An experienced traffic lawyer can sometimes negotiate with Police to have a charge of Dangerous driving withdrawn in lieu of you entering a plea of guilty to Reckless driving. This has significant advantages as the maximum penalty for Reckless driving is much lower than that for Dangerous Driving.

      Visit our page on Reckless driving for more information.

       

      What is the difference between Dangerous driving and Negligent driving?

      Negligent driving can be proved by the Police establishing that you failed to take proper care.

      Dangerous driving requires the prosecution must prove that you were:

      1. Under the influence of alcohol or drugs, or
      2. driving the vehicle at a speedor in a manner that created a danger to other users of the road.

       

      Clearly, it is much easier for the prosecution to prove Negligent driving than it is to prove Dangerous Driving. An experienced traffic lawyer can sometimes negotiate with Police to have a charge of Dangerous driving withdrawn in lieu of you entering a plea of guilty to Negligent driving. This has significant advantages as the maximum penalty for Negligent driving is much lower than that for Dangerous Driving. Further, Negligent driving does not carry any licence disqualifications.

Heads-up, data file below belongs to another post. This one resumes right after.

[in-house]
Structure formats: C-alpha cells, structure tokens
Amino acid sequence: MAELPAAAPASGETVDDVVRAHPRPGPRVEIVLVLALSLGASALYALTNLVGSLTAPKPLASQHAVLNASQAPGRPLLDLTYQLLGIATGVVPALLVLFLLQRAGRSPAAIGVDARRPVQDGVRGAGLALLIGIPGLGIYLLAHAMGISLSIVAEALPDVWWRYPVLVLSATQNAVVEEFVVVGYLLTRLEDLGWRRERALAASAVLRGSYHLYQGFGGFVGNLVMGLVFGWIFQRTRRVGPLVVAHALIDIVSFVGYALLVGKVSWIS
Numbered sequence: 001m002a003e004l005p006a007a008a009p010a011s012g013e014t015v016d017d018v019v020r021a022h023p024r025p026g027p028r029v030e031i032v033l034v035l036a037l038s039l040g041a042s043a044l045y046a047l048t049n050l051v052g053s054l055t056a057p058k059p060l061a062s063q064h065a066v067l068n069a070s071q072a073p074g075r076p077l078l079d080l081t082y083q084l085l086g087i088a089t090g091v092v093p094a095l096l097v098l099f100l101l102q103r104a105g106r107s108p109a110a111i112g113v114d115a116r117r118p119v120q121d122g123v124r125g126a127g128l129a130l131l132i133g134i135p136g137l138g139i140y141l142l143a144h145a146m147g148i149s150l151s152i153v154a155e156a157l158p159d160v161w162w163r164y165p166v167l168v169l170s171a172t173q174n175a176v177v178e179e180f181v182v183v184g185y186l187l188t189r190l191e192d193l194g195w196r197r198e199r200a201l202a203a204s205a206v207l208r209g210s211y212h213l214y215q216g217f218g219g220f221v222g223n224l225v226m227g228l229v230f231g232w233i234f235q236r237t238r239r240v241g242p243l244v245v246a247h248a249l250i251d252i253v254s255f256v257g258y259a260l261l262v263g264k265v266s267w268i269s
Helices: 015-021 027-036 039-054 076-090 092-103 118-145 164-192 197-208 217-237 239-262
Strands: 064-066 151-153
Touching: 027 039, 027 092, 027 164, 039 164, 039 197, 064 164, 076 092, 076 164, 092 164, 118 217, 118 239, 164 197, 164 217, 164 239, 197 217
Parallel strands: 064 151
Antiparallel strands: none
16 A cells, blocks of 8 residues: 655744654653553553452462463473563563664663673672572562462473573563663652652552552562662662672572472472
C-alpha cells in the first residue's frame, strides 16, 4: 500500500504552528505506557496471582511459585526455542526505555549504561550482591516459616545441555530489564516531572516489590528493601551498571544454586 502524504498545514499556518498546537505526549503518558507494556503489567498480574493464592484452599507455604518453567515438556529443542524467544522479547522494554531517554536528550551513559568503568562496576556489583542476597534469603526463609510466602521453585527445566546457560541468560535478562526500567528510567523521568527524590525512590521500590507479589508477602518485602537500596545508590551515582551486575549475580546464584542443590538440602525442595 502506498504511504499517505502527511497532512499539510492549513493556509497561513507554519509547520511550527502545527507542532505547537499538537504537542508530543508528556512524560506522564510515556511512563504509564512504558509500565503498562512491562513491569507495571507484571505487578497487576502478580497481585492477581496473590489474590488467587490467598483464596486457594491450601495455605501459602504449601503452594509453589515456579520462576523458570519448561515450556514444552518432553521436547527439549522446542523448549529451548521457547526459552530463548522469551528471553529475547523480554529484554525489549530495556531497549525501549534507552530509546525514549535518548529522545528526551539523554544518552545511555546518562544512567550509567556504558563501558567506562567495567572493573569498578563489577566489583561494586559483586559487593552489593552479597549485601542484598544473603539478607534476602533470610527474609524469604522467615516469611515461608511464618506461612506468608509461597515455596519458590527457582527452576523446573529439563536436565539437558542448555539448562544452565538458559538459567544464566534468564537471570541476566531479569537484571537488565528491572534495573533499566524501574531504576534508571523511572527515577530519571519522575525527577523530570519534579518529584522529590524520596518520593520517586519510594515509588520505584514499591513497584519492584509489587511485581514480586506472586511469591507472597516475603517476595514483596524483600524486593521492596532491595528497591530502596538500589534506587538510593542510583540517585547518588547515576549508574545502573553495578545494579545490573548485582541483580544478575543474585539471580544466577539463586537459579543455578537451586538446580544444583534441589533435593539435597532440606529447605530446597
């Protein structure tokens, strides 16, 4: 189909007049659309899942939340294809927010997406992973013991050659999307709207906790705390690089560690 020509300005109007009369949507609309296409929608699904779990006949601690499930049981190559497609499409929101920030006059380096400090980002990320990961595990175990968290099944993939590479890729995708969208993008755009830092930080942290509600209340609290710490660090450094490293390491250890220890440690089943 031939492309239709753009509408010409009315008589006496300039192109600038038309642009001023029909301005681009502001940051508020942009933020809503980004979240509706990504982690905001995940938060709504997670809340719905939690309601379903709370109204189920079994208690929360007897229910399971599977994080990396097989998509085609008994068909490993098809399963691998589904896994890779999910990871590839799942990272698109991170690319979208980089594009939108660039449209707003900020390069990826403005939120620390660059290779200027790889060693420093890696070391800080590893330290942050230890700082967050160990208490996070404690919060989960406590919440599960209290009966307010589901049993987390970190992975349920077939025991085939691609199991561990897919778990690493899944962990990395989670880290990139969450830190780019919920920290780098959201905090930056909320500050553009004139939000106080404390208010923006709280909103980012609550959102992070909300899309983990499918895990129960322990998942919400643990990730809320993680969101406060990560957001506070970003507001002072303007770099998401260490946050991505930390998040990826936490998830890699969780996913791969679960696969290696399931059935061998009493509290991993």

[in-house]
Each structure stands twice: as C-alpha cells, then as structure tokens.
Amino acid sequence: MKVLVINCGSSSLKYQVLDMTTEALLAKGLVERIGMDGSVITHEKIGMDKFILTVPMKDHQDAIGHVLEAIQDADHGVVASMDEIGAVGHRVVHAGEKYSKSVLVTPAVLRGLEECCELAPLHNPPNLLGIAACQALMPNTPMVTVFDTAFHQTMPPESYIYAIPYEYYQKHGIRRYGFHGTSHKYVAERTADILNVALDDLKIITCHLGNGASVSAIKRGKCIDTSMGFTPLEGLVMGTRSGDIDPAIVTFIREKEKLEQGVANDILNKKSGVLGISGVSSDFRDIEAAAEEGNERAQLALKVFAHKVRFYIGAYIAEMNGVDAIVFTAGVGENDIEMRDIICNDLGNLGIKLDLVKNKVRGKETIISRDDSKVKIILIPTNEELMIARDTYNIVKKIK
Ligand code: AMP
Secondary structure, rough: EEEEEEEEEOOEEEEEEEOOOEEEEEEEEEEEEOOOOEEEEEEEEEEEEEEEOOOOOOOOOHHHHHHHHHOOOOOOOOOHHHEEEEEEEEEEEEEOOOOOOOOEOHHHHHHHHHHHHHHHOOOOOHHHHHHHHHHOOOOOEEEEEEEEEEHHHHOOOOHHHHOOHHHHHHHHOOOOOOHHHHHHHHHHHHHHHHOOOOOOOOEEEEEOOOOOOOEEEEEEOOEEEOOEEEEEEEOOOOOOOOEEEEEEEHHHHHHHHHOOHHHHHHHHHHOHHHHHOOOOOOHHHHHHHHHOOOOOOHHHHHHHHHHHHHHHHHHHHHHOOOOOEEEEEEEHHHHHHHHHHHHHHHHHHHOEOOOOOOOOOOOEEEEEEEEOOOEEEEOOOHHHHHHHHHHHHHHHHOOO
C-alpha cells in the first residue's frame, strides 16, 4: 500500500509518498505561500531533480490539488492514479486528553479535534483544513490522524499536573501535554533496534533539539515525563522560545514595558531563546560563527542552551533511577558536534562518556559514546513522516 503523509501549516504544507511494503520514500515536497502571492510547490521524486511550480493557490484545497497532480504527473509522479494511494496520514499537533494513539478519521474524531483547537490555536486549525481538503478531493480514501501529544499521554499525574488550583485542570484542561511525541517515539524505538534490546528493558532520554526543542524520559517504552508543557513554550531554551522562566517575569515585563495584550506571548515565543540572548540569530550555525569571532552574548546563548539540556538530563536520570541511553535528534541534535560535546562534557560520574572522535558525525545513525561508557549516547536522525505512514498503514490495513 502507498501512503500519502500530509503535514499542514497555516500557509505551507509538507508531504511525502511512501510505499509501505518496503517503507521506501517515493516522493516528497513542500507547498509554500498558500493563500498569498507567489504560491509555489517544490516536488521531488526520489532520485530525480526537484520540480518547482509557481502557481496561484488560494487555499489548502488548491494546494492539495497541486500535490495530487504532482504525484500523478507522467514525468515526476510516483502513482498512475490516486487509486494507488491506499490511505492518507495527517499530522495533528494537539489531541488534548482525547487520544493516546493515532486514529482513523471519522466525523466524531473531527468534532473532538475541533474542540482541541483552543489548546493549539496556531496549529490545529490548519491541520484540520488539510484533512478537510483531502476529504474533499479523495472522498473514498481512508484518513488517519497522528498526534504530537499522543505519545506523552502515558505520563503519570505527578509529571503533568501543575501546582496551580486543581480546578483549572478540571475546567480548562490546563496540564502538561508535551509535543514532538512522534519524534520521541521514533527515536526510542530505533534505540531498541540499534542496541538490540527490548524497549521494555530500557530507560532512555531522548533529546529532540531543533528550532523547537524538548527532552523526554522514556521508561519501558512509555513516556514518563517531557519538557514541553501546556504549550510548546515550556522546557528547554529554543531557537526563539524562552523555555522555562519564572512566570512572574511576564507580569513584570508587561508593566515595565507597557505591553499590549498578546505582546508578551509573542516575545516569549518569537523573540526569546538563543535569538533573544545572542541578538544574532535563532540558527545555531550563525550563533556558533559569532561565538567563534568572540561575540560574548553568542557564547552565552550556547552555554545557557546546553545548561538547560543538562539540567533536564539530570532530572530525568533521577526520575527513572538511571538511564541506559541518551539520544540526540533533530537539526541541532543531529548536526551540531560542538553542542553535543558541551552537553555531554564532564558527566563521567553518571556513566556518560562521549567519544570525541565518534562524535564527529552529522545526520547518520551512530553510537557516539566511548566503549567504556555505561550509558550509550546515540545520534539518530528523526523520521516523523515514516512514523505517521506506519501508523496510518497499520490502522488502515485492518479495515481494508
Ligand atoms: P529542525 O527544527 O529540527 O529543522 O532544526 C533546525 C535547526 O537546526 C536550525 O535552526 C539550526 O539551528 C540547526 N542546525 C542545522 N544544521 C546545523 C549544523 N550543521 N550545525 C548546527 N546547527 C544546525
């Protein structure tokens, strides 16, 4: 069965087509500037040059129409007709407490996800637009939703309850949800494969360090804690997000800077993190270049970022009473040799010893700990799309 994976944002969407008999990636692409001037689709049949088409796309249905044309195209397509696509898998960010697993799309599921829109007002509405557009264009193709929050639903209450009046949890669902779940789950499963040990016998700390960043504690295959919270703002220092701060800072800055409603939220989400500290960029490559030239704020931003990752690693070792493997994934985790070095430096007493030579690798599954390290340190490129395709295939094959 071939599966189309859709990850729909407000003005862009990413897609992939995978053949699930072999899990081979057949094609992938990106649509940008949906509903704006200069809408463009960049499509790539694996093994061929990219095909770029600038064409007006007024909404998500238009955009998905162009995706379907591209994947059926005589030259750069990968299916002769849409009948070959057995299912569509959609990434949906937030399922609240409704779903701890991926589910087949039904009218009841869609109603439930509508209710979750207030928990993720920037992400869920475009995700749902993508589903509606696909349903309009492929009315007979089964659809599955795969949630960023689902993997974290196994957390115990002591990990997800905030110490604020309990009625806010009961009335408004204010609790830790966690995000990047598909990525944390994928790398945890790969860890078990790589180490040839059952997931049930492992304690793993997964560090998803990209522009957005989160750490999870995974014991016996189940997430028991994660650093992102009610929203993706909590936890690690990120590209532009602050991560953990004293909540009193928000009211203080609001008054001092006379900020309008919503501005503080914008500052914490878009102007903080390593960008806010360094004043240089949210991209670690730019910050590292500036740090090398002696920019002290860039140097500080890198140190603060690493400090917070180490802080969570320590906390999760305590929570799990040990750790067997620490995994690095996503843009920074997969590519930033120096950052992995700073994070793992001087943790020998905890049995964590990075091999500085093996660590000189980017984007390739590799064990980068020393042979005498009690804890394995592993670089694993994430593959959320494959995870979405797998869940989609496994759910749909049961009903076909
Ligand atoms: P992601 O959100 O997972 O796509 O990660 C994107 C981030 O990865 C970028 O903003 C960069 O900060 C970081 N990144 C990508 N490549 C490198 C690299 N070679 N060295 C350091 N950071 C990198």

Visit our page on Negligent driving for more information.

       

      Is speeding Dangerous driving?

      This depends on a number of factors including:

      1. the speed limit;
      2. how fast you were travelling;
      3. the weather conditions at the time;
      4. the level of traffic;
      5. the time of day;
      6. the condition of the road (eg. were there potholes, was it a dirt or gravel road);
      7. the nature of the road (eg. was it a single lane or multi-lane road; was the road straight or winding).

      Generally, speeding alone will not be sufficient to make out dangerous driving, unless you are driving more than 45km per hour over the speed limit.

      Ask a question now!